Vanity Fair by William Makepeace Thackeray, dramatized by Orson Welles

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Download Vanity Fair from the Mercury Theatre of the Air

Campbell Playhouse, 7 January 1940
Regular forays into old-time radio can prove extremely illuminating. This was clearly apparent as I listened to Orson Welles' forty-four-minute dramatization of Thackeray's door-stop sized novel Vanity Fair.
Quite how he managed to distill the plot into such a short running-time is beyond my comprehension. Nonetheless, he managed to communicate something of the novel's savage comedy, focusing in particular on the exploits of Becky Sharp (Helen Hayes), a gold-digger with a unique talent for transforming herself chameleon-like into anything her suitors wanted her to be. She sounded such a respectable girl on the surface - all rounded vowels delivered in her best East Coast accent - but underneath lurked a heart of steel. No one could readlly stand up to her.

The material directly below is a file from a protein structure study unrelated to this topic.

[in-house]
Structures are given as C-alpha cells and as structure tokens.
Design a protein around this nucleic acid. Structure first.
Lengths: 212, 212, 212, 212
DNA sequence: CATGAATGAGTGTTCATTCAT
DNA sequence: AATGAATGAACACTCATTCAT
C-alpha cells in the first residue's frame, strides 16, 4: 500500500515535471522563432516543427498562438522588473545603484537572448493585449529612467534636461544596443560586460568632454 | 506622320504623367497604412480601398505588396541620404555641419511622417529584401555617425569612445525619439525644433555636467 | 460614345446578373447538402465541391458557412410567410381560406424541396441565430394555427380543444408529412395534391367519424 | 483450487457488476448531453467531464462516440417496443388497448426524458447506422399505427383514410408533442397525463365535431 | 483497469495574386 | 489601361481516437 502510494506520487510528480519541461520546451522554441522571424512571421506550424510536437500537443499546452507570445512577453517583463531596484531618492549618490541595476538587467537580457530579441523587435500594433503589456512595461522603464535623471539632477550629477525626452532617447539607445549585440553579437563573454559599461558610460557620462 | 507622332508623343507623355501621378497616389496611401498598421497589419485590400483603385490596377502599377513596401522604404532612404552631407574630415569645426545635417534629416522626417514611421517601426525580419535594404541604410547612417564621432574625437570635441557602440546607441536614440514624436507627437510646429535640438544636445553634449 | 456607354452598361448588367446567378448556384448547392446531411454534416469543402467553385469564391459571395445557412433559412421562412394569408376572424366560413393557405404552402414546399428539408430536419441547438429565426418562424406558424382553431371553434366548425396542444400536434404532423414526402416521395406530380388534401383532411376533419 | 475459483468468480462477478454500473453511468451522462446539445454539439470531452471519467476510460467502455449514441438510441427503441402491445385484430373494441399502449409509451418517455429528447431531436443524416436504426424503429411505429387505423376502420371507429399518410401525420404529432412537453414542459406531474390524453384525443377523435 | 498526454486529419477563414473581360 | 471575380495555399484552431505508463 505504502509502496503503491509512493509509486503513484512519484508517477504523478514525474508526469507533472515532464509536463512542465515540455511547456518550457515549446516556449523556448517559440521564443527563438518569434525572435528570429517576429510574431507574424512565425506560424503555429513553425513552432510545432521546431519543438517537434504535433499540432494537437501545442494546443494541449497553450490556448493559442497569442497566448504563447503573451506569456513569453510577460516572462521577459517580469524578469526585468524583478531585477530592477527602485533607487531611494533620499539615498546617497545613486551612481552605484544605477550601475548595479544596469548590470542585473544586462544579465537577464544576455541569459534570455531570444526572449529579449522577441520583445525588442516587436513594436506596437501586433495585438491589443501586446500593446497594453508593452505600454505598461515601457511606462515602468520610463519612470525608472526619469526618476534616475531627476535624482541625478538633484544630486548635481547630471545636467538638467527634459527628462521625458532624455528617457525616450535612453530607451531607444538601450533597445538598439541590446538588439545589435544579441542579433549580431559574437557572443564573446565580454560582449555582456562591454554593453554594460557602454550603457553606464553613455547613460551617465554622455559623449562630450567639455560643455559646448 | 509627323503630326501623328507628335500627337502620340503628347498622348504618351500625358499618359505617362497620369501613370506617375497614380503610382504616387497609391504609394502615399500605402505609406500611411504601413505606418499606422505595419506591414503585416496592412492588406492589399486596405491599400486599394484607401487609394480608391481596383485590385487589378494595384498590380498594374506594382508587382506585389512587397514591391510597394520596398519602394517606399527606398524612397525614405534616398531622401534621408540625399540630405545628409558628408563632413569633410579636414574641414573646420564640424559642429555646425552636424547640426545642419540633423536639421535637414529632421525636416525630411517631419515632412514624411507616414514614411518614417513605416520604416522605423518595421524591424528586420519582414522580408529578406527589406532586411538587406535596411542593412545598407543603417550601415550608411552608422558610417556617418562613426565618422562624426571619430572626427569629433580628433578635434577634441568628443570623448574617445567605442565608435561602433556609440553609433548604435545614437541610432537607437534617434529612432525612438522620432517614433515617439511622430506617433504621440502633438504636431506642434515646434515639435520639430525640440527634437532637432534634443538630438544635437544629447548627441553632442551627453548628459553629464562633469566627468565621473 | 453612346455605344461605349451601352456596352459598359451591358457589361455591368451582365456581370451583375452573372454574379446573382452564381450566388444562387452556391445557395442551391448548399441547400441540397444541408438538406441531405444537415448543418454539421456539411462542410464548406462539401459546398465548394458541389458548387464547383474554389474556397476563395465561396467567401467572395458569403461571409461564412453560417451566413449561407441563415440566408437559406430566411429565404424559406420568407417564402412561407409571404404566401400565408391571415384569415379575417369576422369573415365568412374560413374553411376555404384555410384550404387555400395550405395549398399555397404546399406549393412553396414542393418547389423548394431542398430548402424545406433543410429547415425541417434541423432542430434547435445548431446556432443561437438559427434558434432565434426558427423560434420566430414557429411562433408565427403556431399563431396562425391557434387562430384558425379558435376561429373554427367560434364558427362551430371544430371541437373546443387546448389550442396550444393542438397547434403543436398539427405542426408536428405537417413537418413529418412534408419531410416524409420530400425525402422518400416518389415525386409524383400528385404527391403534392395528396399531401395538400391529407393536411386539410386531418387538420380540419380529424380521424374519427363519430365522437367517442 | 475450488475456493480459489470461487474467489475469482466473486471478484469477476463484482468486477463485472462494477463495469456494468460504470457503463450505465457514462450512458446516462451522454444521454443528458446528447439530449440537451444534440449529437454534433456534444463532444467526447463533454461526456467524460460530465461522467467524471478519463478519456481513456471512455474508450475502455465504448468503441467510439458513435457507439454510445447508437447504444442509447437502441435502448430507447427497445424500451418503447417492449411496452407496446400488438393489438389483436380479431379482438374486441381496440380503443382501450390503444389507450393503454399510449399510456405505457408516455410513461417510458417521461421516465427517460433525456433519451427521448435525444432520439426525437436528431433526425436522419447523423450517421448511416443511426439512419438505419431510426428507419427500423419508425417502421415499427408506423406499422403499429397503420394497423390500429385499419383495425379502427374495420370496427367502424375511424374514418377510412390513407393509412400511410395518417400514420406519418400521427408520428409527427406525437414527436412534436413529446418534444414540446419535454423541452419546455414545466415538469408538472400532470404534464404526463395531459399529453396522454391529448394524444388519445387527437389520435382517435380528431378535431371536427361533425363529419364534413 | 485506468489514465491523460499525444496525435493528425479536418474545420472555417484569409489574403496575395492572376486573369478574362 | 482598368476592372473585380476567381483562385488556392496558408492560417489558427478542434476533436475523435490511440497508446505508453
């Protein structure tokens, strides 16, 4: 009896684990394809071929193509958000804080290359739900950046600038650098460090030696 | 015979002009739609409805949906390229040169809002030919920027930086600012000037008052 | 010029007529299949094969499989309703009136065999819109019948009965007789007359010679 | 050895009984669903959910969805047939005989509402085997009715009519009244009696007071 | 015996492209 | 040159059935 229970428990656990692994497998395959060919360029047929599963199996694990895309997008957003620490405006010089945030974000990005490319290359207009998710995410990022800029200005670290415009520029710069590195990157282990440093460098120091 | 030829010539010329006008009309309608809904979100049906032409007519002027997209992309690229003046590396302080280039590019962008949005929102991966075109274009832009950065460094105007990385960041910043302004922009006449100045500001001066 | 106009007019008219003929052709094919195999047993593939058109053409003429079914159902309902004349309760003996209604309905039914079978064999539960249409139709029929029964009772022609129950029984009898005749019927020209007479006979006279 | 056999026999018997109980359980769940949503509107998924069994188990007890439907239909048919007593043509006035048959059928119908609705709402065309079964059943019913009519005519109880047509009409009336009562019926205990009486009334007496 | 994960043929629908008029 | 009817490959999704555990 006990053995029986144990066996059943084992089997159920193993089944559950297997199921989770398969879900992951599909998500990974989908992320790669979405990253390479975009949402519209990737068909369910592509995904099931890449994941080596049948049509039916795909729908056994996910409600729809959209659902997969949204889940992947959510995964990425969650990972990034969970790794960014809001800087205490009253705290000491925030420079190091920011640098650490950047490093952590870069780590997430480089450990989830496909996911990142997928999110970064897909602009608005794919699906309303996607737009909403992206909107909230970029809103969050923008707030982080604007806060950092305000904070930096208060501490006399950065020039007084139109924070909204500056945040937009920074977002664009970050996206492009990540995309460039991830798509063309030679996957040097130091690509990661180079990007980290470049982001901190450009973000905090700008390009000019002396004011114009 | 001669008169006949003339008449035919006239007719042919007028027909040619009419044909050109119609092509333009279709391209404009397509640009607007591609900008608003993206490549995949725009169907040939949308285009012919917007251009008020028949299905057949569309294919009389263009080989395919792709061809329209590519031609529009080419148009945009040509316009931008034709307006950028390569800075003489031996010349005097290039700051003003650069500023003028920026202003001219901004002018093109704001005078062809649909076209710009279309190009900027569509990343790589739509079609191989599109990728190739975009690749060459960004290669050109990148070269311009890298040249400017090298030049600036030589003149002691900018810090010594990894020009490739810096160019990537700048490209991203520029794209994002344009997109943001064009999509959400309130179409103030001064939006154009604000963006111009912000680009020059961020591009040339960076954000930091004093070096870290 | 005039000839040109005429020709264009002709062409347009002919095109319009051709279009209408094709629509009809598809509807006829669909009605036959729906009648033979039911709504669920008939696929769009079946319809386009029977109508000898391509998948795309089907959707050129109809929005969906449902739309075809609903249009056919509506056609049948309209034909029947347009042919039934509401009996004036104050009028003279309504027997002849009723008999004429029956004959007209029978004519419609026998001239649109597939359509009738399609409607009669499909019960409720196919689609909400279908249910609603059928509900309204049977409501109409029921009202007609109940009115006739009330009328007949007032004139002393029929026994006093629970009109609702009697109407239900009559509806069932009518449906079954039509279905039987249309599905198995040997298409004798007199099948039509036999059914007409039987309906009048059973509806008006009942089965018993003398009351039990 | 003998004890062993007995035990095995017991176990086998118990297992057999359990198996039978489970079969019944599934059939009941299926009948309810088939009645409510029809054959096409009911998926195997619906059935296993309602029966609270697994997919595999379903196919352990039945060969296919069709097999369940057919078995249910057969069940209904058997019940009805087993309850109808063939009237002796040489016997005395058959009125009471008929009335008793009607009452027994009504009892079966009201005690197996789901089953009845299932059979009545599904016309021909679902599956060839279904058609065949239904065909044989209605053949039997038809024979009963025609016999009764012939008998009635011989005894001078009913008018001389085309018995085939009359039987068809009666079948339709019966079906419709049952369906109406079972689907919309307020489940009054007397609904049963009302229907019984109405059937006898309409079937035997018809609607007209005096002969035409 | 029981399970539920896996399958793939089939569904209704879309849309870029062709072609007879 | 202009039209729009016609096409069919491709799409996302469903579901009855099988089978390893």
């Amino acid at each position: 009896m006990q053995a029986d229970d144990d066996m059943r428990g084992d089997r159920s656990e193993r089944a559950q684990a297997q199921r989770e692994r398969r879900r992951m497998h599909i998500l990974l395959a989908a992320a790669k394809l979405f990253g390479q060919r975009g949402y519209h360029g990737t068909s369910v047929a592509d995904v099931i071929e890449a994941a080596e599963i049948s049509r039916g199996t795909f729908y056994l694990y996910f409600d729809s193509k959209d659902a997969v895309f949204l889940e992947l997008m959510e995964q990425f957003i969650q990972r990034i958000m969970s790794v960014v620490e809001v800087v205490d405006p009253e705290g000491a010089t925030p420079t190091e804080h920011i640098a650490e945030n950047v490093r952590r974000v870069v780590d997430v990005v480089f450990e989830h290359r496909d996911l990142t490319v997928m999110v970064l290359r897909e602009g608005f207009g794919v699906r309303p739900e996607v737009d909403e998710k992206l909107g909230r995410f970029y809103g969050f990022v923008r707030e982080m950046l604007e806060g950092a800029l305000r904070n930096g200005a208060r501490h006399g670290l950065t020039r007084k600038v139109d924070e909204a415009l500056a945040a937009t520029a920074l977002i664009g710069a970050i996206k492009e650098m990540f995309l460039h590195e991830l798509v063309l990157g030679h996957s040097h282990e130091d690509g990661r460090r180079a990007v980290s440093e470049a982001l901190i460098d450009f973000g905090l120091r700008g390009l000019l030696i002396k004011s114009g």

Except, perhaps, for Welles himself. As the Marquis, he assumed a central role within the drama as the narrator, telling listeners what to expect from the ensuing action, as well as interrupting the drama with frequent sardonic asides. Although the story was obviously set in the past, it was palpably evident that Welles was using it to comment on the present. Mid-twentieth century America was a full of gold-diggers as London had been a century before.
Hence Thackeray's story became a battle of wits between Hayes' Becky and Welles' Marquis as they competed for our attention. Just when it seemed that Hayes had assumed center-stage, as she showed Becky scheming her way to prosperity, both social and financial, Welles weighed in with yet another sardonic observation. Neither of them actually triumphed in the end, but the experience proved a highly dramatic one.